We’ve always been avid followers of the popular-growing construction material CLT (cross-laminated timber) and lately, it seems wood is truly taking over from steel and concrete.
In this guide, we lay out some great examples of CLT and find out why, in the words of one architect, this is the beginning of the timber age.
While we’ve already covered CLT in detail in a previous blog, if somehow you’ve missed out on all the gossip on cross-laminated timber, here’s a brief overview.
CLT is produced by layering several timber sections of wood at right angles, which are then glued and pressed together. It can be prefabricated in a factory to any shape or dimension and is much lighter than its steel and concrete counterparts.
CLT was first introduced in the early 1990s in Austria and Germany and has been gaining popularity in residential and non-residential applications in Europe and further abroad ever since. Currently there are over one hundred CLT projects in Europe.
In the Press
CLT has once again been the talking point in the construction industry for a number of reasons. Firstly, in a bold statement found in last month’s Dezeen magazine issue, Alex de Rijke, director of London-based firm dRMM, said:
“CLT is the future of construction. Timber is the new concrete.”
Secondly, with numerous advantages over steel and concrete, it’s no wonder CLT has got us all talking about future construction. So let’s take a look at some existing and upcoming projects that promote the use of this diverse material.
CLT has been used to build the world’s tallesttimber tower. The building is a new student residence for the University of British Columbia that stands 53 meters tall, currently being worked on by Acton Ostry Architects and expected to be complete by 2017.
This revolutionary design is a hybrid of wood and concrete. Seventeen mass timber storeys are supported by concrete podiums and cores. The floor structure is comprised of five-ply CLT panels that are supported on glulam columns. Both CLT panel and glulam beams are encapsulated with gypsum board to achieve the necessary fire-resistance rating [comparable to steel/concrete?].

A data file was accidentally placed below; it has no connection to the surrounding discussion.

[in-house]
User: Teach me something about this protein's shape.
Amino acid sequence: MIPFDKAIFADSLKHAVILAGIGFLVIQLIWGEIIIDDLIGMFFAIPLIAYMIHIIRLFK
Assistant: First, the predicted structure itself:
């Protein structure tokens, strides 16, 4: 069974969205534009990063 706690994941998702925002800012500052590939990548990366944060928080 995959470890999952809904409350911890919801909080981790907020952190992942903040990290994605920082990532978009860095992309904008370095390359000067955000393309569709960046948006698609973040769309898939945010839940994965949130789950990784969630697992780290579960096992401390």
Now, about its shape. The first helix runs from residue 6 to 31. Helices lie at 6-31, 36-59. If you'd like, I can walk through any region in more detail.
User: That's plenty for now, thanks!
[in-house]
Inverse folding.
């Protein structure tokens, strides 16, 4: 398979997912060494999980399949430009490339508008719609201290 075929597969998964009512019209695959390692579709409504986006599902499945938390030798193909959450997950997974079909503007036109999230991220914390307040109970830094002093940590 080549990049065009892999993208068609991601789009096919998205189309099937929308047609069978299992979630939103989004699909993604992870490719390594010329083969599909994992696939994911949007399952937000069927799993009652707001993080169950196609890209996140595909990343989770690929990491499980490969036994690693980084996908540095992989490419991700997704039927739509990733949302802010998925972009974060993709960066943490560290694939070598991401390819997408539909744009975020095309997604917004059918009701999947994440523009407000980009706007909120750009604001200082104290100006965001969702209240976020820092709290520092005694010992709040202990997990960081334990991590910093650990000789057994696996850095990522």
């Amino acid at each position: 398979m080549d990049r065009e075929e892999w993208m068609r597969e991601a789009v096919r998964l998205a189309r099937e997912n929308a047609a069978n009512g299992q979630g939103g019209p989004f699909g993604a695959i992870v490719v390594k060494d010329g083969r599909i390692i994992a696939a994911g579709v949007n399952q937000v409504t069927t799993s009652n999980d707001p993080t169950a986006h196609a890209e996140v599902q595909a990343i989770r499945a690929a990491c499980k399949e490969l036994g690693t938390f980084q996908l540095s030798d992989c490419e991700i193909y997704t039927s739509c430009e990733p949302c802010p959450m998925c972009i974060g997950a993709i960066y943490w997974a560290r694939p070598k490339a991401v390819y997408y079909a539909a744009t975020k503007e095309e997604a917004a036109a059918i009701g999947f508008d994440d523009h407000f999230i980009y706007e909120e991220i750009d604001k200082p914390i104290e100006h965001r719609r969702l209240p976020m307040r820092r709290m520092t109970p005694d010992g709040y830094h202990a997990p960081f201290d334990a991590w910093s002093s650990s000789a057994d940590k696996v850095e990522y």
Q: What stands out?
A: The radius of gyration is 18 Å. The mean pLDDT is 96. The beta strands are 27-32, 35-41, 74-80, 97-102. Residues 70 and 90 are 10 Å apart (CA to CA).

The Stadthaus building in Murray Grove, Hackney, London always gets a well-deserved nod when we describe the benefits of CLT. Built in 2009, the nine-storey structure, designed by architects Waugh Thistleton, was described as “the world’s tallest modern timber residential building.” It was constructed from cross-laminated timber panels from the first floor upwards and is the first residential building of this height to have floor slabs and load-bearing walls made entirely from timber.
Commenting on the project, architect Andrew Waugh from Waugh Thistleton said:
“This is the beginning of the timber age.”
An eight-storey CLT apartment building, Carbon12, designed by PATH Architecture in Portland, Oregon is now being proposed. The project will be comprised of glulam columns and beams, with CLT floor decking and shear walls.
Earlier this year, it was announced that CLT was to be made in the USA, having not been available mainstream before.
Currently, CLT is manufactured abroad with an established supply into the UK market. While C24- grade timber is often used to make timber, there has been an increase in the use of C16 timber. As the latter is more readily available in the UK, manufacture of CLT panels may become more feasible in future. At present, most panels are imported from Germany, Austria and Switzerland.
Until now, the US market has been slow to materialise. And as the demand for CLT continues to boom, we can surely expect that other manufacturers may enter the market soon.
If you’ve got any questions about the use of CLT or would like to share some great examples of mass timber in construction that we haven’t covered, we’d love to hear from you – so get in touch on Twitter.
And if you’re already convinced on the superiority of wood and are looking for the right kind of timber for your next project, take a look at our fantastic product range today.